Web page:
With the words “lean right back” ringing in my ears, Murphy, a towering 24 year old camel gracelessly lifts his backside in the air before unfurling his front legs and standing up. The cameleers assure us that several of their guests have speared head-first into the ochre red dirt – not a good start to a chilly pre-dawn ritual. Each rising camel is greeted with oohs and aahs as each with an apprehensive excitement awaiting their turn to mount up.
For Murphy this was little more than a stroll – he has crossed Australia west to east in an epic safari– and camels are so perfectly designed for desert conditions. In half an hour the full moon would be sinking into the morning sky as the sun paints the desert in its earthy colours and warms the sands for another day.
Each morning (and evening), Uluru Camel Tourslead a caravan of camels (camels naturally travel in single file) mounted with pairs of early risers to view the Red Centre come to life.
Fueled with a cup of warming tea (it is sharply cool before sunrise) the camels are mounted with their pair of human quarry one camel at a time. Being “rewarded” with the honey moon camel – the last of the train – Heather and I view with a smile as each of the camels shoot their riders skyward but all managed to survive the initial uplifting surprise.
“Ships of the Desert” is incredibly appropriate, the ride being a gentle therapeutic rollick as the camels glide effortlessly over the sandy terrain. The first semblance of dawn lights the surrounding desert as the horizon glows with a characteristic deep blue hue. Timed to perfection, the caravan stall on a gentle rise as dawn strikes, the deep red sands replacing the inky blackness in a handful of minutes.
But it is Uluru and Kata Tjuta at dawn the party has all come to see. It is incredibly spiritual and uplifting to see the twin giant rock formations of Uluru (Ayers Rock) and Kata Tjuta (the Olgas) traverse a palette of colours from black through gentle hues of pink and mauve to russet red (see more Uluru photos)
Meanwhile the cameleers regale us in stories of the camels and their adventures. Travelling long safaris, the camels are the difference between life and deathfor the cameleers and their respect and pride in these fine animals comes through in every story.
Perfectly designed for arid conditions, camels cope admirably with dehydration. Oval blood cells ensure their blood continues to flow (rather than clot like oval cells) while their droppings are bone dry (all moisture retained before excretion). With practicality beating dignity, camels pee a pungent urine down their rear legs (to help with cooling), most of the water first extracted for internal recycling.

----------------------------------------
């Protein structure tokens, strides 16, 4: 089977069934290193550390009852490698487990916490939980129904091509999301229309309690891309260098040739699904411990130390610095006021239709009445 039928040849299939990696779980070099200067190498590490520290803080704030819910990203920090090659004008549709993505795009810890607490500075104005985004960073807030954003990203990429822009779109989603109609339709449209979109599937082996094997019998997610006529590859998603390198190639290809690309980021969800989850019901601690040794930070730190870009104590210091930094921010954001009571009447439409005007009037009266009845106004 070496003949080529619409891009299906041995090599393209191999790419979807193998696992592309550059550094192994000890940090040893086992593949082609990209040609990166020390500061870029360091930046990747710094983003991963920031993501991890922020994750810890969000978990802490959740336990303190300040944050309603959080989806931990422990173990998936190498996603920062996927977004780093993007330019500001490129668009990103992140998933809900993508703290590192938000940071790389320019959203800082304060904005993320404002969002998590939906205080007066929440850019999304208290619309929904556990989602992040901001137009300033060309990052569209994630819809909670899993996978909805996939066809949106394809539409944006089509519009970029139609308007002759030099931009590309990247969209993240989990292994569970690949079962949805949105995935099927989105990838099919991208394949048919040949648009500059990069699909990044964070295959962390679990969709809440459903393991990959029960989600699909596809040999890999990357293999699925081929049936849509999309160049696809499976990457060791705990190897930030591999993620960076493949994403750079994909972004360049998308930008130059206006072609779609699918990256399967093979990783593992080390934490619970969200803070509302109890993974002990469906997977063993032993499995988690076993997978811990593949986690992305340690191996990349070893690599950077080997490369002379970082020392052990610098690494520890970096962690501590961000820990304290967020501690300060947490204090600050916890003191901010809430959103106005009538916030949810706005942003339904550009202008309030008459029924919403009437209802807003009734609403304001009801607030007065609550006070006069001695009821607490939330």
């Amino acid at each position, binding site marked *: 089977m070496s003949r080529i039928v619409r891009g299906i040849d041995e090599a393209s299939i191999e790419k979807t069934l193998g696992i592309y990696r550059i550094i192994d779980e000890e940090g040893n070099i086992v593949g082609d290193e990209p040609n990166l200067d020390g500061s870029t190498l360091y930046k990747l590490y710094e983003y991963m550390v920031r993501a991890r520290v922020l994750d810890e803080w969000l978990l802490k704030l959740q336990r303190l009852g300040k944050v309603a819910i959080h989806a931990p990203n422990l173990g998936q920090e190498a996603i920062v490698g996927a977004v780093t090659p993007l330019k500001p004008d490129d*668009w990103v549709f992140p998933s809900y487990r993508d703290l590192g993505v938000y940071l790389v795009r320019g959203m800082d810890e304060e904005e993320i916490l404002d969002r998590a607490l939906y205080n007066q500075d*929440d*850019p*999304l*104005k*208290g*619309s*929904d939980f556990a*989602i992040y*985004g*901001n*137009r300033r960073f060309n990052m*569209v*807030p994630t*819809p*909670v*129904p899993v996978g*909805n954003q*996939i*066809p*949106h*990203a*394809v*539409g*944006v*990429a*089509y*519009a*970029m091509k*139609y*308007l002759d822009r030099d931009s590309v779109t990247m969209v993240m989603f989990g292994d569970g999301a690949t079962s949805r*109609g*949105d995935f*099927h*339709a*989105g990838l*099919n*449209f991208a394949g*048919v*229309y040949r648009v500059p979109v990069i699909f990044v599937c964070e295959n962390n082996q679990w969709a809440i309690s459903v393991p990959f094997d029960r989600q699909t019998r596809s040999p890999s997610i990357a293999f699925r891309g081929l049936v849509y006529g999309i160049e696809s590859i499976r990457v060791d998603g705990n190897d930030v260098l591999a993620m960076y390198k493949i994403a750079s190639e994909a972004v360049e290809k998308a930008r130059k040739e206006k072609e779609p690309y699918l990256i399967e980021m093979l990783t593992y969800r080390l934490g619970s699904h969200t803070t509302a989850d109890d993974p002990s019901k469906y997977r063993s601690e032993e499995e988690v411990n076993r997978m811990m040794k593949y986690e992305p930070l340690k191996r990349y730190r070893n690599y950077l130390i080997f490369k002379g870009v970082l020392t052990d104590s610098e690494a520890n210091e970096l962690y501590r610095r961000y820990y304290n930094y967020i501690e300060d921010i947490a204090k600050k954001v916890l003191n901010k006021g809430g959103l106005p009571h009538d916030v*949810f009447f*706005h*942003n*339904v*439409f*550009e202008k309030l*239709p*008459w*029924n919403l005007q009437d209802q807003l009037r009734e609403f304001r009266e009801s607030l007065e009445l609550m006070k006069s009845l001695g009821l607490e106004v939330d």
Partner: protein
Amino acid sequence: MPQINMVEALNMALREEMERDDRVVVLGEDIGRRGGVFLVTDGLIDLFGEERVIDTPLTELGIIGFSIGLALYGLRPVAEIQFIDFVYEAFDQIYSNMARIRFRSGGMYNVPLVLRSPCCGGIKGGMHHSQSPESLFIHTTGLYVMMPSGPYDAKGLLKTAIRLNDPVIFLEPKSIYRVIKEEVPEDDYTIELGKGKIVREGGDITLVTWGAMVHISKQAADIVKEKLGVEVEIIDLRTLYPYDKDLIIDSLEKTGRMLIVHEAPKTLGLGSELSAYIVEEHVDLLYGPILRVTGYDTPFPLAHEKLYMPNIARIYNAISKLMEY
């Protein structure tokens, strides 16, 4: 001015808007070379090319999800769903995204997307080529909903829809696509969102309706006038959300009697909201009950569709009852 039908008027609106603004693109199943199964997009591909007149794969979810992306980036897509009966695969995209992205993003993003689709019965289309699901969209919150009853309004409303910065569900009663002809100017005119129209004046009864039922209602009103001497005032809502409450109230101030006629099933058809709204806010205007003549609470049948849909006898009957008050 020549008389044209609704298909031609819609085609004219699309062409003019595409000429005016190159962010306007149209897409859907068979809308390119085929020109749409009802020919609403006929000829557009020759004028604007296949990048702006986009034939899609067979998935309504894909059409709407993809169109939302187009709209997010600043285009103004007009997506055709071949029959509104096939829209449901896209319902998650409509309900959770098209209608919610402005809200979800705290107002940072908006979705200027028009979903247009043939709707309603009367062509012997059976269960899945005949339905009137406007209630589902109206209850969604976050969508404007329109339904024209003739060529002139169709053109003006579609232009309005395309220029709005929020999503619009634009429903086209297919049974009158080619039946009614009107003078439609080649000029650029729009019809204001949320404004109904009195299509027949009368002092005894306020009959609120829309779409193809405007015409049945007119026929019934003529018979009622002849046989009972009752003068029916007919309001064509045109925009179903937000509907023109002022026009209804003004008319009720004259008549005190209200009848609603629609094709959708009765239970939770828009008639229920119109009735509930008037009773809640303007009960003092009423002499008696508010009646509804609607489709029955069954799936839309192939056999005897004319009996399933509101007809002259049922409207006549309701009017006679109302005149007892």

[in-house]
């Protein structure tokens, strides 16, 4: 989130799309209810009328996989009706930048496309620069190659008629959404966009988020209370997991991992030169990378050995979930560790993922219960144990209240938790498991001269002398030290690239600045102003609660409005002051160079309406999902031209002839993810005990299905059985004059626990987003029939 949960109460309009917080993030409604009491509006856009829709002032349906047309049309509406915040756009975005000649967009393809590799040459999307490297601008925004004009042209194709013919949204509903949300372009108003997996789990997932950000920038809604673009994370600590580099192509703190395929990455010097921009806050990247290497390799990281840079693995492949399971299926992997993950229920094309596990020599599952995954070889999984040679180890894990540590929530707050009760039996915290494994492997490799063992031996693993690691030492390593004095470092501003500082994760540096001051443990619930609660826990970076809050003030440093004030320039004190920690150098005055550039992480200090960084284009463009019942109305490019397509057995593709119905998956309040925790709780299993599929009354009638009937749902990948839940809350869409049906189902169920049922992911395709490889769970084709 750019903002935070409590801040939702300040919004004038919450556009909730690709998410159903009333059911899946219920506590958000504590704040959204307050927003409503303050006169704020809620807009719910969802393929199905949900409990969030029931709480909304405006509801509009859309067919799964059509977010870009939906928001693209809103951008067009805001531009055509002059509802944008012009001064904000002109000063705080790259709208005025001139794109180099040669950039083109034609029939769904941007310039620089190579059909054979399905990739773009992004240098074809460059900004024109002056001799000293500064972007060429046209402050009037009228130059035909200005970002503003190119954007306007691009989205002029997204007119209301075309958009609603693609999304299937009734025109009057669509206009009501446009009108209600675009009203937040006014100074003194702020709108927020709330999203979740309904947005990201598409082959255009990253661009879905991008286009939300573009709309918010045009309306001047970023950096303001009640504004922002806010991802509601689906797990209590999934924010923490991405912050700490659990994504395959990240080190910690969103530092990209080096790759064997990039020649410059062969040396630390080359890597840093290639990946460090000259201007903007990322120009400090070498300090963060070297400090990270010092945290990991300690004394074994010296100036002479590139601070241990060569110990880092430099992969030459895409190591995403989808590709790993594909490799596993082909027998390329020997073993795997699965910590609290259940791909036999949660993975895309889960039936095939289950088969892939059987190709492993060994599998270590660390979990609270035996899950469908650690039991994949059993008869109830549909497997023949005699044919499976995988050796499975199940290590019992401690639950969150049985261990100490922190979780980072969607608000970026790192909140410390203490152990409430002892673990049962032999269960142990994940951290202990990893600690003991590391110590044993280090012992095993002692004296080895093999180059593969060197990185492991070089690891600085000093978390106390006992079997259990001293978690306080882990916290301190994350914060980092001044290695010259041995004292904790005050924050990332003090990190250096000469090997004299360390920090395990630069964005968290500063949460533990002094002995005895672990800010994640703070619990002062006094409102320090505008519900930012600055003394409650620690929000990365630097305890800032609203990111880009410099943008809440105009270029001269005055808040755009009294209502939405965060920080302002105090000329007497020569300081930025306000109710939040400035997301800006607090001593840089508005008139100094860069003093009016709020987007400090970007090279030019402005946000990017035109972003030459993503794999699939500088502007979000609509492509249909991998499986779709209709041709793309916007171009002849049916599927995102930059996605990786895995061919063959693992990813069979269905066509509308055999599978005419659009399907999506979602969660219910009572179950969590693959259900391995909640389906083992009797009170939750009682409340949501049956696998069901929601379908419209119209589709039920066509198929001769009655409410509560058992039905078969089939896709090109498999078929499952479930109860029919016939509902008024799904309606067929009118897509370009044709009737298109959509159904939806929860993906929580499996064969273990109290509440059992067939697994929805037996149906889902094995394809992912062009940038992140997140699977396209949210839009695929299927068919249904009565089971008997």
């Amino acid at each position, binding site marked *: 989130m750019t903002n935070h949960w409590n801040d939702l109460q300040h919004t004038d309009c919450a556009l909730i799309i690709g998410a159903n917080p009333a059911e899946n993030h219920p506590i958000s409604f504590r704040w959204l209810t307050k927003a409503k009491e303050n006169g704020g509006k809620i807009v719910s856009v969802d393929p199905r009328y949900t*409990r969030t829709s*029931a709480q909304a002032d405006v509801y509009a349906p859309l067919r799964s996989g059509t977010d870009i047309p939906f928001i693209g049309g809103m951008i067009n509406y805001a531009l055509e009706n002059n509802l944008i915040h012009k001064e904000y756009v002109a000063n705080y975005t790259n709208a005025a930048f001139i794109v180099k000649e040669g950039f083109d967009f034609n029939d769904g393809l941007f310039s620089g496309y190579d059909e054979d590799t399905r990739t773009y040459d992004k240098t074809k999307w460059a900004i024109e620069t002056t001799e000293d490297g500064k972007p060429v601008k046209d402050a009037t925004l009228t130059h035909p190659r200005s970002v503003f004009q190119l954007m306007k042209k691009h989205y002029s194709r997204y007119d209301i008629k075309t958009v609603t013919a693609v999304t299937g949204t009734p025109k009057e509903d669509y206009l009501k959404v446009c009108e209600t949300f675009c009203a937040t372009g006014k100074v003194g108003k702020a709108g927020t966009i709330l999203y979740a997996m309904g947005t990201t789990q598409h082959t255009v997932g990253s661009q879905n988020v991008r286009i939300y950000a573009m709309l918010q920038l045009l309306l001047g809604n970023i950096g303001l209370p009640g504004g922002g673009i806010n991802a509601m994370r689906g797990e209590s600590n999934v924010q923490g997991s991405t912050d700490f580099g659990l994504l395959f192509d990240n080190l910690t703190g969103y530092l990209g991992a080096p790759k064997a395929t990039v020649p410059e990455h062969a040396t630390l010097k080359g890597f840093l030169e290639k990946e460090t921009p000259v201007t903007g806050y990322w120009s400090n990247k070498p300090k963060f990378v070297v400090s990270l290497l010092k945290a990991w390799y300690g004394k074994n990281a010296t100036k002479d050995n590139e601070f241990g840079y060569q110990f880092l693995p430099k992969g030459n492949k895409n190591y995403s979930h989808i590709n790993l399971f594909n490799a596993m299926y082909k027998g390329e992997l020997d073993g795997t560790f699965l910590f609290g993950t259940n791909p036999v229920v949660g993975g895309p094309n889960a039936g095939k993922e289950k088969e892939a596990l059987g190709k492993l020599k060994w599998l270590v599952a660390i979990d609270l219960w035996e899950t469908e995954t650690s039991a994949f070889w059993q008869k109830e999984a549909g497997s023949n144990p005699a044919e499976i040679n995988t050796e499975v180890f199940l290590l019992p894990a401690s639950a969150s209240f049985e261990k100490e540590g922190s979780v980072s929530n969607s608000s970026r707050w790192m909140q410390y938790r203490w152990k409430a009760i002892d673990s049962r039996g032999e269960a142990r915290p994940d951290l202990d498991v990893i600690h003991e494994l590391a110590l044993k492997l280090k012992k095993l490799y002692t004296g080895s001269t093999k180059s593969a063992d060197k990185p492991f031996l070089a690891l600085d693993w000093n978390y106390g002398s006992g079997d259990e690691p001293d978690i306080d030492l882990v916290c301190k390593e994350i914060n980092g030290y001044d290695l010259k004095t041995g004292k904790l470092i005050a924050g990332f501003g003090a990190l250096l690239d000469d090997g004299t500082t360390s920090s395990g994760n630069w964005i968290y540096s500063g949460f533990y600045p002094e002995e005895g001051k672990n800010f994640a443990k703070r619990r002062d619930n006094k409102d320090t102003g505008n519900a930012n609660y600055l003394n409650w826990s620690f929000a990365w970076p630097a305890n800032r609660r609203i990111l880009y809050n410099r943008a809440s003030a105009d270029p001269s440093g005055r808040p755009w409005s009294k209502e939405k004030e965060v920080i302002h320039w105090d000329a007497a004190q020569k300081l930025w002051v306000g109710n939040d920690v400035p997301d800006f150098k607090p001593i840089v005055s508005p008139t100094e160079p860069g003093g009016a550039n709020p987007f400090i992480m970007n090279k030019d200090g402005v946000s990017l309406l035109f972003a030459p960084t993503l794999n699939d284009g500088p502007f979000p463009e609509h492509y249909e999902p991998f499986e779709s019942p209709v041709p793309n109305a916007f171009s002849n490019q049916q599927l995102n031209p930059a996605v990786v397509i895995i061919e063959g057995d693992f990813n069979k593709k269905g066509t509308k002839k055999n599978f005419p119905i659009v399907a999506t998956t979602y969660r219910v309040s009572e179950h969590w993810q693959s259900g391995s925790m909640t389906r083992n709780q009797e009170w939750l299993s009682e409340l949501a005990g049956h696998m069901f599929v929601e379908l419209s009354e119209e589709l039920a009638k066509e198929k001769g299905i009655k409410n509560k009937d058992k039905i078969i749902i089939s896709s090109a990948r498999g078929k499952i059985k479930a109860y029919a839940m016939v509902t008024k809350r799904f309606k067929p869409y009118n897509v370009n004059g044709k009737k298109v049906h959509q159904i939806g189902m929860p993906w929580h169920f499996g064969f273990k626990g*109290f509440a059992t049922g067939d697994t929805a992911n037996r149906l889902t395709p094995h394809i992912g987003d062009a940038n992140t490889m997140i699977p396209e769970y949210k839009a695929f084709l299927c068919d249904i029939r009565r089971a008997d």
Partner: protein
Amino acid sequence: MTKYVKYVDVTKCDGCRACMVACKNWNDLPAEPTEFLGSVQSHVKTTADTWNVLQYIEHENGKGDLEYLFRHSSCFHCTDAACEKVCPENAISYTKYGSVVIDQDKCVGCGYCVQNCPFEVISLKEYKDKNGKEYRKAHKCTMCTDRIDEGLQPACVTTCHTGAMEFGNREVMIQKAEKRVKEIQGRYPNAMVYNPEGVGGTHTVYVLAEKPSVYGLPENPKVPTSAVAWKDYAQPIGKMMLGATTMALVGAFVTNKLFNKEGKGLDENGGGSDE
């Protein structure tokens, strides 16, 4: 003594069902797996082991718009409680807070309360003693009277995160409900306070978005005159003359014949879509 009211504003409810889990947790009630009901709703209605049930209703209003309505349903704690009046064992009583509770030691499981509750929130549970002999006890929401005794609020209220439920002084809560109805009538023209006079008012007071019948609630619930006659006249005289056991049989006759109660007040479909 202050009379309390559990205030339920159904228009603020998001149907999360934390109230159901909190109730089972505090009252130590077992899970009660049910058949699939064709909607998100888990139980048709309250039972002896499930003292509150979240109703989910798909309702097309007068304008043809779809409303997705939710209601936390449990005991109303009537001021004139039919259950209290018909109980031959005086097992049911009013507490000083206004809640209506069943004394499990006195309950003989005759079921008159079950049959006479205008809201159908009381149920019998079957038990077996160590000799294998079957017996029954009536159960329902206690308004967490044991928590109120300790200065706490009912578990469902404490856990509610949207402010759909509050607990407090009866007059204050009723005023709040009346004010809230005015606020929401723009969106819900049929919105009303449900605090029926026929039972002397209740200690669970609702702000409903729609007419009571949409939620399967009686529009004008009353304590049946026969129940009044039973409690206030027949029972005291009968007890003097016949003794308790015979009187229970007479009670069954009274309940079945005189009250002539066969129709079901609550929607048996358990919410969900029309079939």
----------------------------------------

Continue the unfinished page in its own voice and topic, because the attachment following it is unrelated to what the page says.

Only sweating at much higher temperatures, their thick fur keeps them both cool and warm (insulation from the radiated heat off the sands) while their luscious eyelashes and closing nostrils keep the sand out in wind storms. While being able to survive long periods without water, if arriving at a water hole, their adaptations allow camels to take on board over 100 litres of water at one drink.
And their breath and dental health is something to be believed!!
The Uluru camel tour takes an arcing path through undulating dunes, the rises highlighting panoramic vistas of the two famous rock formations. Over too soon, the camels settle for a rewarding meal of lucerne and hay while the party dine on warmed beer damper (local baked bread) with lashings of quandong jam or Vegemite for any brave non-Australian who want to try the famed Aussie black yeast spread. Sipping my tea, I note that several overseas visitors tentatively test Vegemite but no there are no international converts to the favourite Australia sandwich spread on this day.
I’ve ridden camels through the Sahara, at the Pyramids and around Indian forts but nothing beats the experience of seeing Uluru and Kata Tjuta at dawn and the pride with which the camels are handled. Along with walking around Uluru and seeing an Uluru sunset, viewing an Uluru sunrise on camelback is an iconic Red Centre experience not to be missed.
The author travelled as a guest of Tourism NT and Plus7.
Uluru Camel Tours offer one hour sunrise or sunset tours for A$119 including an outback breakfast (beer damper bread with quandong jam and billy tea or coffee) or evening snack of damper berad, nibblies and a cooling drink. Shorter tours of 45 minutes are available during the day for A$79.